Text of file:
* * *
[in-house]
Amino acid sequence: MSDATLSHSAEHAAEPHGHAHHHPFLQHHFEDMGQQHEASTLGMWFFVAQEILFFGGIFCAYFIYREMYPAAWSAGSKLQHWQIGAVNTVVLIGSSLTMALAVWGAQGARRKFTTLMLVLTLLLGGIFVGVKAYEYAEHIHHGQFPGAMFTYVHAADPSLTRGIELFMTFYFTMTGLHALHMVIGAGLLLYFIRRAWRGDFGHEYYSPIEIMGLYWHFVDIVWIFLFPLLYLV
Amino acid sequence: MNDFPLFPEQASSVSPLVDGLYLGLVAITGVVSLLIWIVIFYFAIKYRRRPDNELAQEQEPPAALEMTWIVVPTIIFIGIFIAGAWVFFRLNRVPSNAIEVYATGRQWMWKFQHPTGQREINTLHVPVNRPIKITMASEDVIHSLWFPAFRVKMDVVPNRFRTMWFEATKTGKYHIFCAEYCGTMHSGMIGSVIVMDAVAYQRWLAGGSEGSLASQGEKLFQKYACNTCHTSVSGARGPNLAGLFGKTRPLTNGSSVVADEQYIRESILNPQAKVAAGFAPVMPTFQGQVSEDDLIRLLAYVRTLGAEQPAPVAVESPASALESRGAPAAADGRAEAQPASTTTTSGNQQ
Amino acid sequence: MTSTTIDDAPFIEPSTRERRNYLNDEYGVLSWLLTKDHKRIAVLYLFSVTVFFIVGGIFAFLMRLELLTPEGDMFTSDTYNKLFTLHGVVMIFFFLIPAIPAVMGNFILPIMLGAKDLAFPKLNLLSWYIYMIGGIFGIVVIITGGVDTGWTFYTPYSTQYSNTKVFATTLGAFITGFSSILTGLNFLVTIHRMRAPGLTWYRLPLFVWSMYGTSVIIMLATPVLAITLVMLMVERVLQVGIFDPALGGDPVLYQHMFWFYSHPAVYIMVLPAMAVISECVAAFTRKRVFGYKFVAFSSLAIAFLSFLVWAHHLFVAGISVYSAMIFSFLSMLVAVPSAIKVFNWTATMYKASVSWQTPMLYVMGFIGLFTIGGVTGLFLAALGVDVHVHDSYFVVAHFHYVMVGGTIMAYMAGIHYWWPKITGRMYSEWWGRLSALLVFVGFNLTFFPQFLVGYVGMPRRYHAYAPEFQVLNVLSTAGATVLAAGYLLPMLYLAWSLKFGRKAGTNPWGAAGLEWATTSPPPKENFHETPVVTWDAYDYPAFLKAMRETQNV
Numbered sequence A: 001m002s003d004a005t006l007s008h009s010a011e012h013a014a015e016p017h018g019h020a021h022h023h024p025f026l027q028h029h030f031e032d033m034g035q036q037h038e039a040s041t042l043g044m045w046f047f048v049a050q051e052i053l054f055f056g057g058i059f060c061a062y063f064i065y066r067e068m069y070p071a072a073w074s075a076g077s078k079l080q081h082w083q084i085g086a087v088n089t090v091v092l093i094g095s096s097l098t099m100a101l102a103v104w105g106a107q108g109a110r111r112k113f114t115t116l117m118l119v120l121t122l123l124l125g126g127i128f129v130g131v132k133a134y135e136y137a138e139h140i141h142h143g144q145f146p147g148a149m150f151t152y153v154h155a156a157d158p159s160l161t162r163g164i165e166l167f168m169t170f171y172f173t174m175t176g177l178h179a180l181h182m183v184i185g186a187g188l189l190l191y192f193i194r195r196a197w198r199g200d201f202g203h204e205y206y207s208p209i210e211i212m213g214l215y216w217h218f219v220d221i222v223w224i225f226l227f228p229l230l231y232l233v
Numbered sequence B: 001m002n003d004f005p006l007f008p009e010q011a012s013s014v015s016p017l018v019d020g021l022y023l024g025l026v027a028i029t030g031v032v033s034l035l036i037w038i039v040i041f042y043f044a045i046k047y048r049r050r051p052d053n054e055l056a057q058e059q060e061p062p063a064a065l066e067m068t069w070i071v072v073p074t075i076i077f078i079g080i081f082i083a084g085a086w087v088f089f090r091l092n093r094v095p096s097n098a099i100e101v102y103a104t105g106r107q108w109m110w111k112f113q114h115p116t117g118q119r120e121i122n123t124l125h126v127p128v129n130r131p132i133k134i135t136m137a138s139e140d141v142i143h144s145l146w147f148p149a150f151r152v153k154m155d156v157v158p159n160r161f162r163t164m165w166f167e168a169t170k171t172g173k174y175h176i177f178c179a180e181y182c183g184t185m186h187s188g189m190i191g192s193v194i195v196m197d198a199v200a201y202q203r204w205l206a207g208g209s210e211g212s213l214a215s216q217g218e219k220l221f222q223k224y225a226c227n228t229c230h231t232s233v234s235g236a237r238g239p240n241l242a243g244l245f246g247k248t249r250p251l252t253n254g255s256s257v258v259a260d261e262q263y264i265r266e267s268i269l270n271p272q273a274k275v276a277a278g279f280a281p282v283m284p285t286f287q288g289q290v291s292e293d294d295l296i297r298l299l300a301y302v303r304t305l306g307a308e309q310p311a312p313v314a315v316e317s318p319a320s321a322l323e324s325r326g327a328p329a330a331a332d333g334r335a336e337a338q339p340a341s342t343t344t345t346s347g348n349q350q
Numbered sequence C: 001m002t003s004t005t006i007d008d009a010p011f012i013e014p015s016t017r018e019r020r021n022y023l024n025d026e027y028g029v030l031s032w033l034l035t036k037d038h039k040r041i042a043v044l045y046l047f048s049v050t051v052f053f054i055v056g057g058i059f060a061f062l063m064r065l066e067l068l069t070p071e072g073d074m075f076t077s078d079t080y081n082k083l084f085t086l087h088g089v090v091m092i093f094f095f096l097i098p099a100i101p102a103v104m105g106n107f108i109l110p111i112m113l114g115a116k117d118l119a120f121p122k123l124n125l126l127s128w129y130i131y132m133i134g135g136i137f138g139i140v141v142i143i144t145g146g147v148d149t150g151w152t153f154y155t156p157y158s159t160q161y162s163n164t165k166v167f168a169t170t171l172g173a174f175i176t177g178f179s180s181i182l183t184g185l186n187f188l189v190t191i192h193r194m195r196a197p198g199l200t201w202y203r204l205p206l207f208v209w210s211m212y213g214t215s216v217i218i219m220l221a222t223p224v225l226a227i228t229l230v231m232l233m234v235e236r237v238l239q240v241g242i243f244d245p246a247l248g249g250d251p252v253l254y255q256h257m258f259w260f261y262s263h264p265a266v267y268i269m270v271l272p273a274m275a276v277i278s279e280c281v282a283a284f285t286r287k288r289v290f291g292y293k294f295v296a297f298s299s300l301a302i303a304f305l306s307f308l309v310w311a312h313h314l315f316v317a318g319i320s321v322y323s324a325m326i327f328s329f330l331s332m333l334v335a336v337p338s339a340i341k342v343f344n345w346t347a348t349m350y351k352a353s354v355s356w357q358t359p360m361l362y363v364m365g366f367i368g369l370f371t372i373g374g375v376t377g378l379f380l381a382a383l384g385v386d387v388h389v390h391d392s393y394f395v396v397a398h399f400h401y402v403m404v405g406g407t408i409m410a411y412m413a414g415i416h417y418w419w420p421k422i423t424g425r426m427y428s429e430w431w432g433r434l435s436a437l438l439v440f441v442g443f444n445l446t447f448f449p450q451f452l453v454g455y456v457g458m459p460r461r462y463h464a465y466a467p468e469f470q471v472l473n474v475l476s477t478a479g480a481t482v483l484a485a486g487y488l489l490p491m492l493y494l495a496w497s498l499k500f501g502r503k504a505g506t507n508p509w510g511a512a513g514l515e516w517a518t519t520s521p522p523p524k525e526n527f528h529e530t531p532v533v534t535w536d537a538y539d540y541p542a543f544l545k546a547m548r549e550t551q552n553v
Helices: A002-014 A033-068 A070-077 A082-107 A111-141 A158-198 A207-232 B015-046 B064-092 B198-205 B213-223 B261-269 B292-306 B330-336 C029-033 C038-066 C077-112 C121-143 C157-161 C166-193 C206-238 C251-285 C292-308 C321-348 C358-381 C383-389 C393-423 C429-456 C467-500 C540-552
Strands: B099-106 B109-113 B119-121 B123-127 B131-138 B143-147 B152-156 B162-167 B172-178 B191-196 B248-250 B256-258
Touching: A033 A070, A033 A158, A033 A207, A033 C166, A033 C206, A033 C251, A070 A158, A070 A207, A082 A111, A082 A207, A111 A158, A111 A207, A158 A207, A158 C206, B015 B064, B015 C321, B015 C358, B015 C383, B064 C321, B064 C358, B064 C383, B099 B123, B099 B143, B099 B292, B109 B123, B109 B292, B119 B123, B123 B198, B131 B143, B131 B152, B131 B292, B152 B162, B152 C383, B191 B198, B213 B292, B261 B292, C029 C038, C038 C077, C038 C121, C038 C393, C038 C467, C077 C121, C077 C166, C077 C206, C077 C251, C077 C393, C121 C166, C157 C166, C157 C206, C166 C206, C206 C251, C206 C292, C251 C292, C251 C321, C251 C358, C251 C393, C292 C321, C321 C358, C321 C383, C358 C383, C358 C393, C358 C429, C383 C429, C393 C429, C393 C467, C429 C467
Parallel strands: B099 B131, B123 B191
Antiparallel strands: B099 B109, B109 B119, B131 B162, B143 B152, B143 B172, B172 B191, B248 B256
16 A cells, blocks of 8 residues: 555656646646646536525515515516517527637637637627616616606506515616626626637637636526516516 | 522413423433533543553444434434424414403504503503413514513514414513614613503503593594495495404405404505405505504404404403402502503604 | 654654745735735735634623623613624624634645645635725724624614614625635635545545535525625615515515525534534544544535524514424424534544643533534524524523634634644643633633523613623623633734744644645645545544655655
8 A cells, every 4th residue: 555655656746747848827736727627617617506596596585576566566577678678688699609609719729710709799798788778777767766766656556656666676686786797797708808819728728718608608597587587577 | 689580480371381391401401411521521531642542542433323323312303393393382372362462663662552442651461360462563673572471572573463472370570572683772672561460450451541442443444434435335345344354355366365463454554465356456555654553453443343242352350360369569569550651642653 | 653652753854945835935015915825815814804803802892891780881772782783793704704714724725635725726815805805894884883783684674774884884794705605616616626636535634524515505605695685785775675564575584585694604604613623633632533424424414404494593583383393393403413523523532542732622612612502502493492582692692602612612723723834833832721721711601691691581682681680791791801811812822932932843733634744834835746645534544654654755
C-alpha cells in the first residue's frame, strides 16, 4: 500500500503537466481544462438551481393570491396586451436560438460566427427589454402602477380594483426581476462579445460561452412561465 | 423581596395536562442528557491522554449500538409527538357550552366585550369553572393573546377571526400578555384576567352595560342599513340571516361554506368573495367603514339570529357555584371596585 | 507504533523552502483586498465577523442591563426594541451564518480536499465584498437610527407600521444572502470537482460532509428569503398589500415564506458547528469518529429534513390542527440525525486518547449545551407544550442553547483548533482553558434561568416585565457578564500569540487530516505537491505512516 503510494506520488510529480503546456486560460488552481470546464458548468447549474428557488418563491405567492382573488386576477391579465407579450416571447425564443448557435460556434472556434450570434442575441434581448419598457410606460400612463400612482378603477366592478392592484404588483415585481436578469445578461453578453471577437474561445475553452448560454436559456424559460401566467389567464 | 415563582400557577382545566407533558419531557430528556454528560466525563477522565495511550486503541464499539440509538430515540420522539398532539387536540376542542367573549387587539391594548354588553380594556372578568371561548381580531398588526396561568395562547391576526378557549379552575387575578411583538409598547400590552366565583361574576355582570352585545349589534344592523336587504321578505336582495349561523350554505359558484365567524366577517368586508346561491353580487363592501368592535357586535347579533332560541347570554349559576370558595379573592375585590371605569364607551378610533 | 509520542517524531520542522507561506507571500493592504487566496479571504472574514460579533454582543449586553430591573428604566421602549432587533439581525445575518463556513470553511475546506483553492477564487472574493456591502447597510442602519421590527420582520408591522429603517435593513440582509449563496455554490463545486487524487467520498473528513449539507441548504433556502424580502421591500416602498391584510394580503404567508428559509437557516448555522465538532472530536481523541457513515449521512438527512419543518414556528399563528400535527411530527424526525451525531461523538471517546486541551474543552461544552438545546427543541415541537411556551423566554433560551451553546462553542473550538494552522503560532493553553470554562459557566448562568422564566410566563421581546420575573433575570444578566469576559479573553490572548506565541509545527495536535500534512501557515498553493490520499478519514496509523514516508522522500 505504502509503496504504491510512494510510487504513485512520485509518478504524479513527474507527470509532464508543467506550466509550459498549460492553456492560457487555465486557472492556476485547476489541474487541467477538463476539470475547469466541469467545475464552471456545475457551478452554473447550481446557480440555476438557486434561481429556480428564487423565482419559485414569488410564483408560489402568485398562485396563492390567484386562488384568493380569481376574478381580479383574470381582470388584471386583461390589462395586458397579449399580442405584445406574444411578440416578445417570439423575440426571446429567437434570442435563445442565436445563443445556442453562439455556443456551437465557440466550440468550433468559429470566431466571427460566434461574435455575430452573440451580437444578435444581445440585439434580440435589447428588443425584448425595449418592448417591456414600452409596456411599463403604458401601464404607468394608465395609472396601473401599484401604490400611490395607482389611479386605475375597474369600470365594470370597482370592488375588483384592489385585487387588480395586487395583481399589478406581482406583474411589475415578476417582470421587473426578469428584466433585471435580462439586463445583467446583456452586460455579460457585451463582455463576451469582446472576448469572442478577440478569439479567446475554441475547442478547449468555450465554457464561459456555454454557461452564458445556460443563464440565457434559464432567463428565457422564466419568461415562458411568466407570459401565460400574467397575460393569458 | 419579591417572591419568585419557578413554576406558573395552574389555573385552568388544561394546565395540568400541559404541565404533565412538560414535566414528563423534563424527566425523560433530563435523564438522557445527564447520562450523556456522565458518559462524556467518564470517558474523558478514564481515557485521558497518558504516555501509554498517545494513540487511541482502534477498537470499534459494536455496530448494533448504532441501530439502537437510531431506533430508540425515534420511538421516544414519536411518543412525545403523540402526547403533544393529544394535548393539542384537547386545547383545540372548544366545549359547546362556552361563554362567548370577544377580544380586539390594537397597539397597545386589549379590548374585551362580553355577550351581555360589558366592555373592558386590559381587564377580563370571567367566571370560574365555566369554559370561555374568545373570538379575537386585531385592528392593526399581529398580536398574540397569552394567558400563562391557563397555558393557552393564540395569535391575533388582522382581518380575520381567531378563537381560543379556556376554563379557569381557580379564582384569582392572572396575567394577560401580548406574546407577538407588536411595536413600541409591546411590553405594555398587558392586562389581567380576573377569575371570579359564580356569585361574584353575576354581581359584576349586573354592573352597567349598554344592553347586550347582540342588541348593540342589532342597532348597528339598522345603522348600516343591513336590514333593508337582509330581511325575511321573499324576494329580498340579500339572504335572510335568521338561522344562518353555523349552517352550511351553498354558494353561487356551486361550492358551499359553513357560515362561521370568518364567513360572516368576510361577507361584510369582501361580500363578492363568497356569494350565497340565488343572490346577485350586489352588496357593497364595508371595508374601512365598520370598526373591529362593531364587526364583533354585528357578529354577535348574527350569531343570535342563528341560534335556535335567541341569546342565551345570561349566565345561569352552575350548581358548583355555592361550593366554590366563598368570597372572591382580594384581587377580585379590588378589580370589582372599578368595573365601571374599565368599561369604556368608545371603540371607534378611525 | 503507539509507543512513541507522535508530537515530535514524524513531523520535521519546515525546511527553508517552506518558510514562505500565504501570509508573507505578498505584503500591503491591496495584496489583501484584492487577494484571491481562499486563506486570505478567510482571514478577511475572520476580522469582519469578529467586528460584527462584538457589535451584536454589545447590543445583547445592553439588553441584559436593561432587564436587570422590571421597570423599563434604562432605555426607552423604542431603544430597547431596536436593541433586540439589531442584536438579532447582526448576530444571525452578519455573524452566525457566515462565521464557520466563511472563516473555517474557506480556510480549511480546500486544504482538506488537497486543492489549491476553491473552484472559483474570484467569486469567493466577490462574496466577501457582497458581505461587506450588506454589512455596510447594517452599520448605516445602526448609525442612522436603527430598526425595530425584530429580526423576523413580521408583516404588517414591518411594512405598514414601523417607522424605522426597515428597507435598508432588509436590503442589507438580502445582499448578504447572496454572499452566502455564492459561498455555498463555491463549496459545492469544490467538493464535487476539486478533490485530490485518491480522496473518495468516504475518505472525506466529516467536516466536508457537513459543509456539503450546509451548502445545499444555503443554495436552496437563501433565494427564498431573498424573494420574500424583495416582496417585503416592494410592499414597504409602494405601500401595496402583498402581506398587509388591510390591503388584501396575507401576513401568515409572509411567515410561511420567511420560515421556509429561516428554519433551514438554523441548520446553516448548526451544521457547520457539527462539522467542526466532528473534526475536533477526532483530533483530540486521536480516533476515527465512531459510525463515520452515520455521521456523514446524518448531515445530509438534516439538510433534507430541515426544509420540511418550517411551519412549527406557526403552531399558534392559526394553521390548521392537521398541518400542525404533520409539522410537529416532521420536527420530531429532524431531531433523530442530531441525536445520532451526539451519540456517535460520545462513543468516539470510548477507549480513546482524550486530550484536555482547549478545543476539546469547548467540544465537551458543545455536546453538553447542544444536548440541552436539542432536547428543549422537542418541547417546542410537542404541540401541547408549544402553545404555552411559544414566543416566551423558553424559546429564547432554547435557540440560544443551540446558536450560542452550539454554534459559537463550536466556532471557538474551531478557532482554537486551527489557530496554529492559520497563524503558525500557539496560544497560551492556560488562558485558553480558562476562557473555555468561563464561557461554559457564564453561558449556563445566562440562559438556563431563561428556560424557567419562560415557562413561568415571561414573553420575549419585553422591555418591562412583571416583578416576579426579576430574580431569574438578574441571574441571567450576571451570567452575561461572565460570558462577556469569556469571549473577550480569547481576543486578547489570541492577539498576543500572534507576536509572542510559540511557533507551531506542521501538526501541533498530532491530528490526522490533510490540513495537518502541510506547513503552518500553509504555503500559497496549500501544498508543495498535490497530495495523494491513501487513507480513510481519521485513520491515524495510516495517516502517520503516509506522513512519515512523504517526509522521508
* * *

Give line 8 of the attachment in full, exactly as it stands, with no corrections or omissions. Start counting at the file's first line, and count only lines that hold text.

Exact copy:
Helices: A002-014 A033-068 A070-077 A082-107 A111-141 A158-198 A207-232 B015-046 B064-092 B198-205 B213-223 B261-269 B292-306 B330-336 C029-033 C038-066 C077-112 C121-143 C157-161 C166-193 C206-238 C251-285 C292-308 C321-348 C358-381 C383-389 C393-423 C429-456 C467-500 C540-552